Existential crisis solved (for now…) — I’m going in!
I watched Playful Kiss (the k-drama version; and one of the first five K-dramas I ever watched ever) a long time ago. And I liked it in a mild, not one I’d highly recommend to others, kind of way. It introduced me to Jung So-min, who played the love-lorn, adorable, not incredibly bright, female lead. It was a thankless role in many ways. The lovable dimwit is not my favorite flavor of female character — to put it mildly. But Jung So-min was so likable and she managed to dig some depth into what seemed a fairly shallow character. She’s the reason I kept watching.
Unfortunately, Kim Hyun-joong, playing the male lead, wasn’t skilled enough to bring much depth to his character. Doubly unfortunate because his character was cold and emotionless on the surface, but per the way the story unfolded, should have had more going on underneath. However, as a viewer I had to more tell myself it was there (because I like her! and she likes him! so there must be a reason!) then finding it through his portrayal.
Finally, the directing itself was heavier handed than I think it needed to be. Comic hijinks were played at a pretty high level of wacky (to cartoon levels, at times) which fought against the quieter moments that were the drama’s high points. At least for me.
That’s why Mischievous Kiss: Love in Tokyo (the J-drama version, currently airing) pulled me in. There’s no wacky-hijinks. The comedy is definitely there, but it’s not broad. Which means the female lead, Aihara Kotoko, (played by Miki Honoka) doesn’t come across quite as… well… stupid. She’s not studious and she often charges ahead without quite thinking things through, but she’s not dumb.
And then there’s Irie Naoki, the male lead (played by Furukawa Yuki). He is so, so, so much better than the K-drama version. I can actually read him — his thoughts and reactions — and they make sense given the situation and his personality. It helps (a lot!) that the actor is good at his job, showing enough emotion to allow viewers to see he’s confused or surprised (or even pleased!) while the character himself is hiding his feelings.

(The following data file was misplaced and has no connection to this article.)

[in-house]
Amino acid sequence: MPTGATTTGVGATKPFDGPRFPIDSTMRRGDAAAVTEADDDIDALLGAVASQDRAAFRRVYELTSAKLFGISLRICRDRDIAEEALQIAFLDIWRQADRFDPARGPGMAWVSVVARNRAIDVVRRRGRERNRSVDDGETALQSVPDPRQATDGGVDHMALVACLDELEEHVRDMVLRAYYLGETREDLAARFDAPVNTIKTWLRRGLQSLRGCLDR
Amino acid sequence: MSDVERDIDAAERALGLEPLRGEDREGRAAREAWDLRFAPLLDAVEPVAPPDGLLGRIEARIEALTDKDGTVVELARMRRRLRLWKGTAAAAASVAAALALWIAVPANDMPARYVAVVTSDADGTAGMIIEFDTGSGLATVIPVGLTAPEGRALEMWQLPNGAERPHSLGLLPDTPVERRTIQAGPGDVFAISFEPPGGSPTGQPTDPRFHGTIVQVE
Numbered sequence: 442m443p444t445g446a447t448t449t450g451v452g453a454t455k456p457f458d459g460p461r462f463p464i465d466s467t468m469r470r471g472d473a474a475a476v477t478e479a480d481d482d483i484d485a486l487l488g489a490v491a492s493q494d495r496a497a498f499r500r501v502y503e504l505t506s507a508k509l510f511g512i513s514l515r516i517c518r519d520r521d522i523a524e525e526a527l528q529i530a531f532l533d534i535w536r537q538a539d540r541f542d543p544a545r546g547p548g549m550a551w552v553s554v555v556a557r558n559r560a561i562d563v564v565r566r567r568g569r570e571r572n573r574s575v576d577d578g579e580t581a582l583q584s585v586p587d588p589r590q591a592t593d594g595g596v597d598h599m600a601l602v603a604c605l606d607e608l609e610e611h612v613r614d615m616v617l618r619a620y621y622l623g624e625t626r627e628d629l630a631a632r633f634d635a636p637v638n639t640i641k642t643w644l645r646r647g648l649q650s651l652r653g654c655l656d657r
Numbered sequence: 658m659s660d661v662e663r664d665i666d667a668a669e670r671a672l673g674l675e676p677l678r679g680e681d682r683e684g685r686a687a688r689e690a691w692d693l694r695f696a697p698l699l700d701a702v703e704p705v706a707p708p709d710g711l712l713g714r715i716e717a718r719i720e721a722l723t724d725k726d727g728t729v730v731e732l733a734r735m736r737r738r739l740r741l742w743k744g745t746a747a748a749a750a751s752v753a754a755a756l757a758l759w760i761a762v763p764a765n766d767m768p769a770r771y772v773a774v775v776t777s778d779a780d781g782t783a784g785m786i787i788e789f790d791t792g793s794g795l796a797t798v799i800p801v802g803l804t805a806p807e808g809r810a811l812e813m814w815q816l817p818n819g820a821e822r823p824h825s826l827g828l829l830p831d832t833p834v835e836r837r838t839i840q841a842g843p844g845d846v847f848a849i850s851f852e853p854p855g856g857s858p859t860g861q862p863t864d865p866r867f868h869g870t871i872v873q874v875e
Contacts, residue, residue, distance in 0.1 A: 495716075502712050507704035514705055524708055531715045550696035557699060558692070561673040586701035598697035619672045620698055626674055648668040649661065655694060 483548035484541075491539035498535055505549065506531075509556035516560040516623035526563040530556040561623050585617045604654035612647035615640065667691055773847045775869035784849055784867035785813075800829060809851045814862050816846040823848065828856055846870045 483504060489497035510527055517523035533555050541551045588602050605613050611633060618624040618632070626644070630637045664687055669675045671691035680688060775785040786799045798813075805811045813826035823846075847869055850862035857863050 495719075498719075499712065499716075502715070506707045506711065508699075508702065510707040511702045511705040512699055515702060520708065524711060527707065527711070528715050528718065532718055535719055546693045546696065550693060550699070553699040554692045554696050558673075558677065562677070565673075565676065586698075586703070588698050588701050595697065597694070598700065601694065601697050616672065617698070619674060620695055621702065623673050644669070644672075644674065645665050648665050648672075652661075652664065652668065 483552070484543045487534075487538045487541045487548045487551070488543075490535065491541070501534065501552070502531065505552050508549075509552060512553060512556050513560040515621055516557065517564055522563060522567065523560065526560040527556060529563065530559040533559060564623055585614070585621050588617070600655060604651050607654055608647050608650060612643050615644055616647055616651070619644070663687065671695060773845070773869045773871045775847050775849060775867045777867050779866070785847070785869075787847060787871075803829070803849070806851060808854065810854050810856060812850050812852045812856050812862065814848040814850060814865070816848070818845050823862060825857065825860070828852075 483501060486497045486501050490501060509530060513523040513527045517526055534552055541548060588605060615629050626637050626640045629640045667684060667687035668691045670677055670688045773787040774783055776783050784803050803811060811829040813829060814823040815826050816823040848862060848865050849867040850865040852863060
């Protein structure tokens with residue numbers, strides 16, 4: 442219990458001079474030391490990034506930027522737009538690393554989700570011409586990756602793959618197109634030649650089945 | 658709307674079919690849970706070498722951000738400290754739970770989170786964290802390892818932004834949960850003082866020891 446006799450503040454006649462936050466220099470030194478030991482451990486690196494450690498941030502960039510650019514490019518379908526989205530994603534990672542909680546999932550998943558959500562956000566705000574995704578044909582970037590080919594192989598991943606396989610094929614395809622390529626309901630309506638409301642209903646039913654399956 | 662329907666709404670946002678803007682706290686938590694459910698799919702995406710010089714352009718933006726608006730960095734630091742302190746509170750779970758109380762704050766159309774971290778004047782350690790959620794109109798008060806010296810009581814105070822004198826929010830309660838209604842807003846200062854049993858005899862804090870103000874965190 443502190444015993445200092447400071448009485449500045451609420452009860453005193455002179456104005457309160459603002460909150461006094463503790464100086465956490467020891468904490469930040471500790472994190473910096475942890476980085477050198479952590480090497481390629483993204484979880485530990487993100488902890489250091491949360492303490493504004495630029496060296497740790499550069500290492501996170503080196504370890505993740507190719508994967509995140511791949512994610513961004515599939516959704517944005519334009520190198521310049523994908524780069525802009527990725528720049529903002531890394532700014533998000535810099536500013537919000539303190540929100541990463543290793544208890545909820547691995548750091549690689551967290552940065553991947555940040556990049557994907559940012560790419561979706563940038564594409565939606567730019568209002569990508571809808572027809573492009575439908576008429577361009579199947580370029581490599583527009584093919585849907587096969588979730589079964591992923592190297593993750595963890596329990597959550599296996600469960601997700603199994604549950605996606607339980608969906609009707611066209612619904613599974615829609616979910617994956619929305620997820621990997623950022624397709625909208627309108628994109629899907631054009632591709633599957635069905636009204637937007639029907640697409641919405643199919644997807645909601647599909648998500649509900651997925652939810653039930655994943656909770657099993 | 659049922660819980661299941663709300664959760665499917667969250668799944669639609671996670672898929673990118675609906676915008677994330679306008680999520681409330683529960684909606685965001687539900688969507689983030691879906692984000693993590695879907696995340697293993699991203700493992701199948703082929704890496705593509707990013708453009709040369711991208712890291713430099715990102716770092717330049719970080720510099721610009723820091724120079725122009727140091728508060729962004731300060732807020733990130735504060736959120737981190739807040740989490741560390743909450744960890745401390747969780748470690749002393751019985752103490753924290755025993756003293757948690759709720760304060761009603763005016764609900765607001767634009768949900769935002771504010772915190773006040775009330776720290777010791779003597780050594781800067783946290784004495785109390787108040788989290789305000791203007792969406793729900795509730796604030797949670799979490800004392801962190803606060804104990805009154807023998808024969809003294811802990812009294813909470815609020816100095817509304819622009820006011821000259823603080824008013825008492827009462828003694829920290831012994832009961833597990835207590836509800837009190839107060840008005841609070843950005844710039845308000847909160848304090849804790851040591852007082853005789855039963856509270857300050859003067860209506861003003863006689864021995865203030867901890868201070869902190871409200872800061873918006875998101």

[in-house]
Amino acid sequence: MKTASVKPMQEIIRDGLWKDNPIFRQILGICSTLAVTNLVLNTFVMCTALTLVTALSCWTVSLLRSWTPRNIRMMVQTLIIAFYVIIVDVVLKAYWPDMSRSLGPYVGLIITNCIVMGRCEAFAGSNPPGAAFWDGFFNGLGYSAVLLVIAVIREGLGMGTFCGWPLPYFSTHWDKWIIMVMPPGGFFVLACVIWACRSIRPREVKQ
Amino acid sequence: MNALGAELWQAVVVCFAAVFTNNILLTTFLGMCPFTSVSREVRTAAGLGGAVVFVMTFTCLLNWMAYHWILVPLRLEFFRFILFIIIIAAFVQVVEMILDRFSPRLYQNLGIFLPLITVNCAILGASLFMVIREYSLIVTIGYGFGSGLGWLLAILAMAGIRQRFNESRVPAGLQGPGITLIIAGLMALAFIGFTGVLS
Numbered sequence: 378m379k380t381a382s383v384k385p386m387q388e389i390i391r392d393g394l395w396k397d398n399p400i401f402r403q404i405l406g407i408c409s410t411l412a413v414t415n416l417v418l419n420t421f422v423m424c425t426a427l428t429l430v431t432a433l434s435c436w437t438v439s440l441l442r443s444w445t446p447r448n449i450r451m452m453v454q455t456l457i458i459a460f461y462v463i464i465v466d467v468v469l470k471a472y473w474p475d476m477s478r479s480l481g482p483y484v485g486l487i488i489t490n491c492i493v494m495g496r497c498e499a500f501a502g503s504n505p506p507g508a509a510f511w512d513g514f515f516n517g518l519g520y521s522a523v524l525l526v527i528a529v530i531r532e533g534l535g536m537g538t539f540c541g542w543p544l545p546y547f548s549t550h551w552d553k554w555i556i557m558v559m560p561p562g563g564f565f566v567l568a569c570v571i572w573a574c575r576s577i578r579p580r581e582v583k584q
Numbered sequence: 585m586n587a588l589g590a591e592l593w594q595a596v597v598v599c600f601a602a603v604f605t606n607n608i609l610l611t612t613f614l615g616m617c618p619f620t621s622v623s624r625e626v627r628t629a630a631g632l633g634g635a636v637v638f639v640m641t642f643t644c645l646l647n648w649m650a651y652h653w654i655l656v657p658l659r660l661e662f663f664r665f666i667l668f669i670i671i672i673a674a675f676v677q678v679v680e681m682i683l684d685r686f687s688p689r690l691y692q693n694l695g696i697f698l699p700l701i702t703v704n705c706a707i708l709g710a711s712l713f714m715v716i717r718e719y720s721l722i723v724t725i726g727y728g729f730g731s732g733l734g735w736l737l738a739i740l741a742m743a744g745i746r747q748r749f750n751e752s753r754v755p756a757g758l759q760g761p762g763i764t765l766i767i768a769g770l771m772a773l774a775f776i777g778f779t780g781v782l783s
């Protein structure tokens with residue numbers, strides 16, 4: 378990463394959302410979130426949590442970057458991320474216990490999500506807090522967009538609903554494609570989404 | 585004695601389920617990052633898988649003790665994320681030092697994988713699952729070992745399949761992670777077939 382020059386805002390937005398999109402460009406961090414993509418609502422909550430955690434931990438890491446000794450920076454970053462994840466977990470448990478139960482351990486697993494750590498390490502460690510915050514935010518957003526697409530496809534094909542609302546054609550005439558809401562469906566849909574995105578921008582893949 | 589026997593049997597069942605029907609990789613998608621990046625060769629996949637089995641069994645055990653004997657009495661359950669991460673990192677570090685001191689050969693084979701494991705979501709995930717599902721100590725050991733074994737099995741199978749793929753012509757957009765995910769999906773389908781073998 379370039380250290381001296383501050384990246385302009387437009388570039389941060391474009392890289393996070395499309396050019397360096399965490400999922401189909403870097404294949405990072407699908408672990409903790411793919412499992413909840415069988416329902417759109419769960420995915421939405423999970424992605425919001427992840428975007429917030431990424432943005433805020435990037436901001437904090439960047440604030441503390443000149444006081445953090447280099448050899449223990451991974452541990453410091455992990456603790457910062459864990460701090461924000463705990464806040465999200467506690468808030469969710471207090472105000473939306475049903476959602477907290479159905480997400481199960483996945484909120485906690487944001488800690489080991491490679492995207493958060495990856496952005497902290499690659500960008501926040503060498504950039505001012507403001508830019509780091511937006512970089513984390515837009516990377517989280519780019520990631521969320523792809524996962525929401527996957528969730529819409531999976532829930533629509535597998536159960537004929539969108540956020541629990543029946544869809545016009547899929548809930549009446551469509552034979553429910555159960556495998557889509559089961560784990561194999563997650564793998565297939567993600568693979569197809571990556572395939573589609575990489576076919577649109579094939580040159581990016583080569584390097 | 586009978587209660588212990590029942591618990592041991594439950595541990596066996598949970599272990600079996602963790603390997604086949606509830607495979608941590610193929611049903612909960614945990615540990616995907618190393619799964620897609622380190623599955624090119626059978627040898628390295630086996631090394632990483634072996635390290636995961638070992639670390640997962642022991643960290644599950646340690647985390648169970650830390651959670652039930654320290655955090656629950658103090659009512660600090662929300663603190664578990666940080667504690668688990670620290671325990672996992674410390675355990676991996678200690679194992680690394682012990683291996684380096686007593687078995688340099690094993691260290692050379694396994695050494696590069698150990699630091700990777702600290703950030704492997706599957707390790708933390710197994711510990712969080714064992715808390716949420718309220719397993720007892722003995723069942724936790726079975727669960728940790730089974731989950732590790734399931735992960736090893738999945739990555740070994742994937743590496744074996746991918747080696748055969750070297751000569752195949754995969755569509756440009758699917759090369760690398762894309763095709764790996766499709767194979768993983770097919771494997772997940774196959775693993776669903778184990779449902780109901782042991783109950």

But it’s also down to the directing. Because the scenes are played straight, rather than unrealistically wacky, character interactions are given more space to unfold. Which means simple reactions have weight. For example, after interacting with Kotoko and being careful to show only annoyance and dismissal, Naoki watches her be happy with her friends. And, for the first time ever, he agrees to go to a cafe with fellow classmates after school. That’s it. It’s not mentioned again and we don’t follow them to the cafe so nothing momentous happens. But Naoki actually sees reason to socialize. And it’s because of Kotoko, though she has no clue and he’d probably scoff at the idea that he was influenced by her.
I’m only 5 episodes in, and I’m planning to wait for more episodes to come out so I can enjoy another mini-marathon. But thus far, I’m really enjoying the J-drama version. It’s a quiet little love story being told, and Love in Tokyo is handling it with care.